Don’t forget about pollution. Unlike gas-powered vehicles, bicycles do not emit any greenhouse gases. Cycling is an environmentally friendly way to get around.
Sparing a cyclist the right hook isn’t a boxing referral. Drivers do not want to assault cyclists. It’s illegal and comes with fines and jail time.
The reference to a right hook refers to how drivers navigate through intersections. Do not barrel through one, even with a green light. Drivers also want to follow all traffic rules and give cyclists the right of way.
Making a right turn can be disastrous for drivers and bike riders. Always use the vehicle’s turn signal, a cyclist might be coming up unseen on the car’s side. Anytime there are cyclists on the road, always watch their left arms before making a right turn.
When a cyclist raises their left arm and bends it at the elbow, it is signaling the bike is getting ready to turn right. Let them go first to avoid a collision.
Not only do drivers want to keep a close eye on cyclists on right turns, but also when turning left. A vehicle’s blind spot isn’t the problem during left turns. Drivers usually see the approaching cyclist but misjudge the distance.
Drivers may not realize it but cyclists can easily reach speeds between 15 and 20 miles per hour. They can quickly make it through an intersection before a vehicle completes its left turn. When this happens, accidents usually occur between the vehicle and cyclists.
It’s always a good idea to yield to cyclists in intersections. They often have a green light at the same time drivers are allowed to make legal left turns. Letting the bicycle cross first prevents accidents and can save lives.
Drivers will want to get an understanding of what three feet of clearance looks like before hitting the road.
Over twenty states have laws requiring drivers give cyclists three feet of space. There’s even a campaign in Florida selling t-shirts reminding motorists to stay around three feet away from bike riders.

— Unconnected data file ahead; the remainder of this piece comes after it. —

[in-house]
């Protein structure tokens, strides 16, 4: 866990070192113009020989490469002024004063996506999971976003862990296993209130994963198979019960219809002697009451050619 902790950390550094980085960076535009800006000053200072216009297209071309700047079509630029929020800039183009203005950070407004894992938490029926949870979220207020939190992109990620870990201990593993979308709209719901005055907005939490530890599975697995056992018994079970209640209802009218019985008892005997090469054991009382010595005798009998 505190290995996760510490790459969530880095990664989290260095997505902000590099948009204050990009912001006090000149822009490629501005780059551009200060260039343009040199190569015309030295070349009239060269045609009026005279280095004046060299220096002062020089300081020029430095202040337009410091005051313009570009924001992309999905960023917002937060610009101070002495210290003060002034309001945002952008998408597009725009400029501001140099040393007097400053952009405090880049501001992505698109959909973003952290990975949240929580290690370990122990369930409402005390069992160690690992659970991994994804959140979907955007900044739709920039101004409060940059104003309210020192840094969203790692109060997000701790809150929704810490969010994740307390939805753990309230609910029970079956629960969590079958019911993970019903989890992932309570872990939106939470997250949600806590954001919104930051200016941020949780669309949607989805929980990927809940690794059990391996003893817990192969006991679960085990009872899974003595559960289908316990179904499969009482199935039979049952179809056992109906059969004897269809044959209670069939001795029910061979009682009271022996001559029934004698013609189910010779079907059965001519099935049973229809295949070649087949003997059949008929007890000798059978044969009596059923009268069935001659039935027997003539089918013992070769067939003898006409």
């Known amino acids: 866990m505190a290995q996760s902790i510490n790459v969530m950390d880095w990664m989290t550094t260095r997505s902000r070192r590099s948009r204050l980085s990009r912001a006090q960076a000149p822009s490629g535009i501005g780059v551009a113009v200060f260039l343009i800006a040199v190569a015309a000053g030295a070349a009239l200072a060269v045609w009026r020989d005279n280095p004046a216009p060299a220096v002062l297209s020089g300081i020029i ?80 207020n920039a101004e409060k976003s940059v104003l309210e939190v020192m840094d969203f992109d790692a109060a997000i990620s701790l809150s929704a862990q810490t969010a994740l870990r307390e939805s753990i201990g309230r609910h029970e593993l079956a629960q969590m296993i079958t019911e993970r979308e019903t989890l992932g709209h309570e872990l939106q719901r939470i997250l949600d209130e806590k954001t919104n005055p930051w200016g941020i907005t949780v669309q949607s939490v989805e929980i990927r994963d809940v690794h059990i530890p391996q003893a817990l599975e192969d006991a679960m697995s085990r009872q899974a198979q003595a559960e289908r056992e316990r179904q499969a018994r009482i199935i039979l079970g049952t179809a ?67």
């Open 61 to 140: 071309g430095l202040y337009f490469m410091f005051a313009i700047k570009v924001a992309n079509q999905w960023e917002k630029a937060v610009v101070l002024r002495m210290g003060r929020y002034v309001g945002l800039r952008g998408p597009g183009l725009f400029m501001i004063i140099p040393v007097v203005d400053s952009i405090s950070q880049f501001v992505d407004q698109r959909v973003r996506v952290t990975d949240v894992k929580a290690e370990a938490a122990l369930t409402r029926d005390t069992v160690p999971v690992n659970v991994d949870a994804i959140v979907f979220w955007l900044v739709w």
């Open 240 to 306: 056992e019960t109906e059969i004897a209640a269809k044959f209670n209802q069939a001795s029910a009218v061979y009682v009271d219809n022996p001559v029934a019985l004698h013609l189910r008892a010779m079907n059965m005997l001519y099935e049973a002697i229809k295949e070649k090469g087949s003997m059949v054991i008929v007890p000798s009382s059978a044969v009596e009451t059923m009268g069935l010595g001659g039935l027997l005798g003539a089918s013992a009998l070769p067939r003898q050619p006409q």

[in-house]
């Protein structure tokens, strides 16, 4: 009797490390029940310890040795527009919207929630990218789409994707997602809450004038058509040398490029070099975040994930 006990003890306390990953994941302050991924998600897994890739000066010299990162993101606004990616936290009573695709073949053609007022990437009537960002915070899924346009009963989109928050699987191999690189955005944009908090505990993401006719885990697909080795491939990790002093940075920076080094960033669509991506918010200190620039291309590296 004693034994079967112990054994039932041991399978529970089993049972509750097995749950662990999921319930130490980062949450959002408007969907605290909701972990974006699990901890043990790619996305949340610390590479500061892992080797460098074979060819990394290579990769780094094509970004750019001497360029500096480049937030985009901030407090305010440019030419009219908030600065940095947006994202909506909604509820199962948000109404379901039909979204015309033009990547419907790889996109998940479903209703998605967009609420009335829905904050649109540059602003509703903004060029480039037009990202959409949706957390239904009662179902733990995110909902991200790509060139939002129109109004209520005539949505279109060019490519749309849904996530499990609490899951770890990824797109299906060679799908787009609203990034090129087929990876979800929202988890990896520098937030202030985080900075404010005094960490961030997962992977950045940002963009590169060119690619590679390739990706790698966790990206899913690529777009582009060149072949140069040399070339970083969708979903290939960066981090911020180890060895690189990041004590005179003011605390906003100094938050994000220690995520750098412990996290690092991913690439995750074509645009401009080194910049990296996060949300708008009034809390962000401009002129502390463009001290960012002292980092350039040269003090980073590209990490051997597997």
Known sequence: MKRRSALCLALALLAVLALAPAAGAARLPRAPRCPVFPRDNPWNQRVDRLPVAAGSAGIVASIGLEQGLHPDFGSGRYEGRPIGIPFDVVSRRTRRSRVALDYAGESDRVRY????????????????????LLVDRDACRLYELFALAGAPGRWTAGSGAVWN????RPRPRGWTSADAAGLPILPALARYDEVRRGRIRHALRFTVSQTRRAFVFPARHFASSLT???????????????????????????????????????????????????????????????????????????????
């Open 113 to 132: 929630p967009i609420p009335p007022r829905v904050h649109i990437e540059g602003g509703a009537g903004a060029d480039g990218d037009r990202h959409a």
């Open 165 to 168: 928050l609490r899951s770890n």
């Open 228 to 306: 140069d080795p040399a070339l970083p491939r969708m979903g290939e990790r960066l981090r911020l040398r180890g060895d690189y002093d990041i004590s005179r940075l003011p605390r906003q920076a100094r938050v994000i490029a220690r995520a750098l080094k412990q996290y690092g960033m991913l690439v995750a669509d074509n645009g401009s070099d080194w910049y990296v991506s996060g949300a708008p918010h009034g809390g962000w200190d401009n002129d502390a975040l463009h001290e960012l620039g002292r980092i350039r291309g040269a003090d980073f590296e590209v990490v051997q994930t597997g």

Giving riders plenty of clearance helps keep drivers and cyclists safe. Bicycles can tip over suddenly on the road and no driver wants to run someone over.
Cyclists need some breathing room for maneuvering their bicycles. Drivers also want to watch their speed when passing. Some drivers speed up to pass a cyclist, and it can be dangerous. A vehicle suddenly speeding by can cause a bike rider to lose control.
Along with the three feet clearance rule, motorists want to pass bike riders at or below the speed limit. Do not honk a warning before passing. It can also startle cyclists.
It’s not uncommon for drivers to state they didn’t see the cyclist until after the accident. The reason is they were not paying attention to the road.
Some drivers only expect to see other vehicles and aren’t looking for bicyclists. Other drivers are paying attention to their phones. It takes less than a second for a vehicle to hit a bicycle. It’s shorter than the time it takes to read a brief text.
All states have laws on the books prohibiting motorists from using their phones while driving. Fines are expensive, and it’s before any additional costs are incurred from an accident.
Some areas require more attention than others. For example roundabouts and intersections. Traffic is coming from multiple directions at once, making it easy to get into an accident. It applies to any area on the road that’s considered a shared space between motorists, cyclists, and pedestrians.
Cyclists worry about getting hit by motorists not paying attention, but it’s not the only thing keeping them alert on the road.
Getting ‘doored’ is another fear most cyclists have, especially if it has already happened to them. The term refers to a car door opening suddenly and hitting the cyclist. It almost always results in a bike wreck, along with plenty of angry words exchanged between the affected parties.
If the cyclist is injured, the driver is often responsible for the medical bills.
Before opening a vehicle door always keep the surrounding area. Look left and right and check the rearview mirrors. It’s a strategy drivers want to employ in parking lots and on city streets.
Drivers have a pretty good idea of when they are exiting the vehicle, but it’s always a surprise for bike riders. They don’t know when a car door is getting ready to open, so always look before engaging the handle.
Bicycling has always been a popular pastime for kids and adults. Cycling clubs are popping up in cities and neighborhoods. Some areas are also putting out bike rental stands, making it easier for people to get around on two wheels.
Cycling is also beneficial for the environment, and don’t forget about the health benefits. These are also adding to the increase in popularity.
Drivers need to realize and accept that bicyclists are here to stay. It is not a passing fad or trend. Everyone needs to be able to share the road and follow the rules and regulations.
With a little patience and common sense, motorists can co-exist peacefully with cyclists on the road.
When drivers and cyclists are familiar with the essential rules of the road, everyone can get to their destinations safely. The number of accidents decreases, along with the frustration everyone can feel when someone is not obeying the rules.
Bicycles are here to stay on the roads, and there’s no reason why everyone can’t share the space with each other.